Wonder Woman was created by Dr William Moulton Marston in 1941 and is the © copyright trademark of DC Comics. My Wonder Woman stories are only fan fiction and based, primarily, on the 1970s CBS TV show (albeit, updated to the present time of writing). However, any resources from adaptations and the comics may be utilised. All characters are entirely fictional. With the exception of Diana / Wonder Woman and Steve Trevor, these stories and characters are my own creations, unless otherwise stated. In my stories Wonder Woman is the only known superhero.
01 In the Lion’s Den
We are all governed by time; we’ve no choice in the matter. In the West, we’re slaves to our tick-tock clocks, tasks, schedules and timetables; but out on the African plains some still drum-a-beat to the sun and stars. The sun burns bright, here, during the day, giving a false reassurance of a leisurely pace of life. A calm, ahead of the spectacular night fall, which fills to the heavens with the universe and illuminates the shadows, where danger always seems to lurk. Time is never so precious as it is in the watchful hours of this shadow play. When the glorious dawn finally breaks, creatures sing aloud in triumph of making it to another day; for they know, as sure as time itself, the night will follow.
Ripping across the turquoise sky like a pair of giant scissors, cutting smoky white incisions in the pale blue vista, Texas Denton circled Table Bay in his new Twin Otter sea plane.
“Come in, beautiful! Do you copy?”
Stepping out from Table Bay Hotel on to the sleepy seafront at Breakwater, Cape Town, Diana Prince spoke into her concealed mic piece, “Tex, as glad as I am to hear you’ve finally arrived, I’d appreciate it if you could address me by my title.”
“Which title’s that?” Denton, inquired, facetiously, “Miss Goody Goody, Miss Rule Book, or Miss Diana Prinsloo of the Wild African Protection Agency?”
Diana mildly adjusted her sunglasses with agitation, “The latter is preferable, if you can manage it. After all, having one of us keep anonymity is sensible in these dealings.”
“Sure, whatever you say, darling!”
“Calling Texas Denton, do you copy?” A German voice came through the radio.
Denton spoke quickly, “Making contact with the Luftwaffe now. Would love to hear more about another of your hang ups, but time’s money – hey, add this conversation to your list, sweet face! Out.”
“I’m more interested in hang outs,” Diana said, thoughtfully to herself.
“Calling Texas Denton, do you copy?”
“This is Denton, receiving.”
“This is Captain Kruger of FRSA Limited. We are awaiting your arrival in Table Bay to escort you ashore to our unloading facility.”
Denton did one last 360-degree circle of the villa, before dipping the twin propellered sea plane down on the jostling waves of the bay. For all his arrogance, Denton wasn’t ignorant to the dangerous liaison that awaited him; he was fully aware that he’d be surplus to requirements as soon as the Fourth Reich got their hands on the plane’s cargo. It was a case of go along with the I.A.D.C plan or face charges for people smuggling (see Wonder Woman in Antarctica).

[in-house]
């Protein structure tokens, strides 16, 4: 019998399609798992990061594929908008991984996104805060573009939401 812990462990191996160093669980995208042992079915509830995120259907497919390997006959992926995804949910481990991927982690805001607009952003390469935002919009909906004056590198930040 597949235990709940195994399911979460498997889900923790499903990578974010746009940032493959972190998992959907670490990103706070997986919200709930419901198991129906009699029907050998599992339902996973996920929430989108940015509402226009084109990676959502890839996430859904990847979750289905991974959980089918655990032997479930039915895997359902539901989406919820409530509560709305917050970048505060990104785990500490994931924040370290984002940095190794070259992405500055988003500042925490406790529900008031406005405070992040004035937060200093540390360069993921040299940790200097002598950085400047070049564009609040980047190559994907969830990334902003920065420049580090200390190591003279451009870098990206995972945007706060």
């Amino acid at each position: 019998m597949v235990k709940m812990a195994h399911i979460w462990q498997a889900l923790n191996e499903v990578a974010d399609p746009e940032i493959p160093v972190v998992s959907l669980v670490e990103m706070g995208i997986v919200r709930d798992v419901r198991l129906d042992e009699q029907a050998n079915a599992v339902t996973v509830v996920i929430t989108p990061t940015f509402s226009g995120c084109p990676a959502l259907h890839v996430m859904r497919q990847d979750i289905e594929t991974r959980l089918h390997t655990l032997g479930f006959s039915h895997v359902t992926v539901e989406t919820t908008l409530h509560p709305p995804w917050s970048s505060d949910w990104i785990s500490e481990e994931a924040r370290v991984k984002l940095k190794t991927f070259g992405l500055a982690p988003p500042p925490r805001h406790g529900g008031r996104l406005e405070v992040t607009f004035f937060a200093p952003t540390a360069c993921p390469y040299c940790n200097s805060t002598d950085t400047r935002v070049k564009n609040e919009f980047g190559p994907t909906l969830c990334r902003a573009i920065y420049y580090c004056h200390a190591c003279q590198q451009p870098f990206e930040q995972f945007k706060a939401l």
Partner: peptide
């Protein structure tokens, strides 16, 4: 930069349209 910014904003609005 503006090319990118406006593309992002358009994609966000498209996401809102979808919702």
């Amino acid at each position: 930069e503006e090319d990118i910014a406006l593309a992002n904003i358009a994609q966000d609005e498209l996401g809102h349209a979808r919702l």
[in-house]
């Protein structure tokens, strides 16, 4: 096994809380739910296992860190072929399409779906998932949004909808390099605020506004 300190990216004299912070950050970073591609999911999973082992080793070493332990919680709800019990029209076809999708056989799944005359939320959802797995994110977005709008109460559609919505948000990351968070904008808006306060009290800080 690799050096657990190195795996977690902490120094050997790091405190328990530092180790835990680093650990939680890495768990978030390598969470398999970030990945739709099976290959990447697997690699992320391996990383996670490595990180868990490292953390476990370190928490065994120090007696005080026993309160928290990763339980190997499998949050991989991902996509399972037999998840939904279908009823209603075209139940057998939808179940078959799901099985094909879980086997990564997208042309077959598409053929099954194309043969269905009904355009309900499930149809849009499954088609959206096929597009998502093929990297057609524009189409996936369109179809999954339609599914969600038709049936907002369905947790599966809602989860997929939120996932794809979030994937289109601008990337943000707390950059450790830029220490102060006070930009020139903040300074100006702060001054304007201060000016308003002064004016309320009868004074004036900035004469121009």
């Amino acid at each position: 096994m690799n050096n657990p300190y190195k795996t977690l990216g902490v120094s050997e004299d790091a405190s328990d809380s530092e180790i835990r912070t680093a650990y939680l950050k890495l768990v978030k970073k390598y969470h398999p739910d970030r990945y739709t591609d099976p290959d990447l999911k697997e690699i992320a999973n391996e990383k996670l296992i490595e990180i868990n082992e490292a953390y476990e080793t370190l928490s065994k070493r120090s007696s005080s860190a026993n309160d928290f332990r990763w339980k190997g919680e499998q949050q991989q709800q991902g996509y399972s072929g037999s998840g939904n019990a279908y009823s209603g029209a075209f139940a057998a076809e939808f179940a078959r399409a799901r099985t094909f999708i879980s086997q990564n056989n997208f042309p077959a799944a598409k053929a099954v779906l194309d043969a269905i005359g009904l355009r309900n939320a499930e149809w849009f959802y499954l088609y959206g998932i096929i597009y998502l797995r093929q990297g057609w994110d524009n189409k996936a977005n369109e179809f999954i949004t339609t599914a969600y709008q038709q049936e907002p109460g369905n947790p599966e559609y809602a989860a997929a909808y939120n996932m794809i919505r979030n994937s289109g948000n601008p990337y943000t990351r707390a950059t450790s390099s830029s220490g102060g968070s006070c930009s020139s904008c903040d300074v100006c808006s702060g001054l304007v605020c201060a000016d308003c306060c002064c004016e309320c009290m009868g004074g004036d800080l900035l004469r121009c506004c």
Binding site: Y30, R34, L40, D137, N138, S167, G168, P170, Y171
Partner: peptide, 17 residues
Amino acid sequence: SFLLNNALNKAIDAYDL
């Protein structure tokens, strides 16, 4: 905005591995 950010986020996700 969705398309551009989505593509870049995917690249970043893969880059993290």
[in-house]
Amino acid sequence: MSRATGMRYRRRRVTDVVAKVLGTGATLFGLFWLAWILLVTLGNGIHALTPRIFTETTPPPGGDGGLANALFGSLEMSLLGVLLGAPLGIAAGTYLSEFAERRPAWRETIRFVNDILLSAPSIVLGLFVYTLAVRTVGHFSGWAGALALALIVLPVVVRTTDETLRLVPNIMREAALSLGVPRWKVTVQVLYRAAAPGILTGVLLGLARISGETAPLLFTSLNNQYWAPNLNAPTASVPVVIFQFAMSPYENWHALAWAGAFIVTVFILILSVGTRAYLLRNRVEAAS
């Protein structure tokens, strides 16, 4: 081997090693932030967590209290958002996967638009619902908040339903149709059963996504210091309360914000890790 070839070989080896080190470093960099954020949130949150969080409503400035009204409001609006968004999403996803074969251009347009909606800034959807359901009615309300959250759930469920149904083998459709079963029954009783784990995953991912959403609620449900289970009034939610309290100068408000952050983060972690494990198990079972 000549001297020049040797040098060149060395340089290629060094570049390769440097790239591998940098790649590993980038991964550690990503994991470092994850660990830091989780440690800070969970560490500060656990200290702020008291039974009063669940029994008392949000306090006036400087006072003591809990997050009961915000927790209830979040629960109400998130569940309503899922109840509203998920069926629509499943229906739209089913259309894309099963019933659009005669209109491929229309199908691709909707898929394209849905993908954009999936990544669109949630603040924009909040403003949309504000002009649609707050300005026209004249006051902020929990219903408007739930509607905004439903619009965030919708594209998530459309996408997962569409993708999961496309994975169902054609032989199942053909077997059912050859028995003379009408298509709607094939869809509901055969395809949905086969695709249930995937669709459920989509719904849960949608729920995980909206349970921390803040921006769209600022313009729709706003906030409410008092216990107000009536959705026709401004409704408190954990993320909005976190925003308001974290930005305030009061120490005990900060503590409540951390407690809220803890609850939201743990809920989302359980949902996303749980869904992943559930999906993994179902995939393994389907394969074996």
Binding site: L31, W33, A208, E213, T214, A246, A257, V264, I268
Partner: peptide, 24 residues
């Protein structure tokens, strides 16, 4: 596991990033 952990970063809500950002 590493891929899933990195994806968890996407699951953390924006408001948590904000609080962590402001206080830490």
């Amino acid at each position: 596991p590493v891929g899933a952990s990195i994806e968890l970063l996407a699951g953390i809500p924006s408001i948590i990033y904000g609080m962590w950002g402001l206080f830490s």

The waiting committee was all too predictable. They greeted him on speed boats within a minute of his touch down. They came across from a sporty silver yacht, called Erich Raeder, which appeared to be surveying the operation while anchored out at sea.
“WE’LL TOW YOU INTO OUR PRIVATE CARGO BAY,” bellowed Captain Kruger in a superficially jovial manner, “DO NOT BE ALARMED IF IT APPEARS WE’RE HEADING ONTO ROCKS!”
“Sure, it suits me fine to hand over the helm to someone else, after flying all the way from Bueno Aires.”
“Ah, VERY GOOD!”
A stocky deckhand looped a rope around the plane’s tow bar on the bow. He hung onto it; and the speed boat tugged the sea plane.
They headed towards the imposing stony capped mountains of Table Bay National Park. Denton stoically chewed mint gum; an oral habit he had recently acquired since inexplicitly feeling unable to light up. The only time Denton’s poker face showed any passing concern was when the wings of the plane looked as if they were about to be clipped by two large rocks, which they narrowly manoeuvred between, on entry to a channel. The channel must have been dug out, Denton noted, as they made their way up the beach into the cliff face. Then into the blackness of a cave tunnel. This went on for about a quarter of a mile, until they cut the motor. The headlight beaming off the boat’s bow revealed waves lapping up against the cave’s dead end.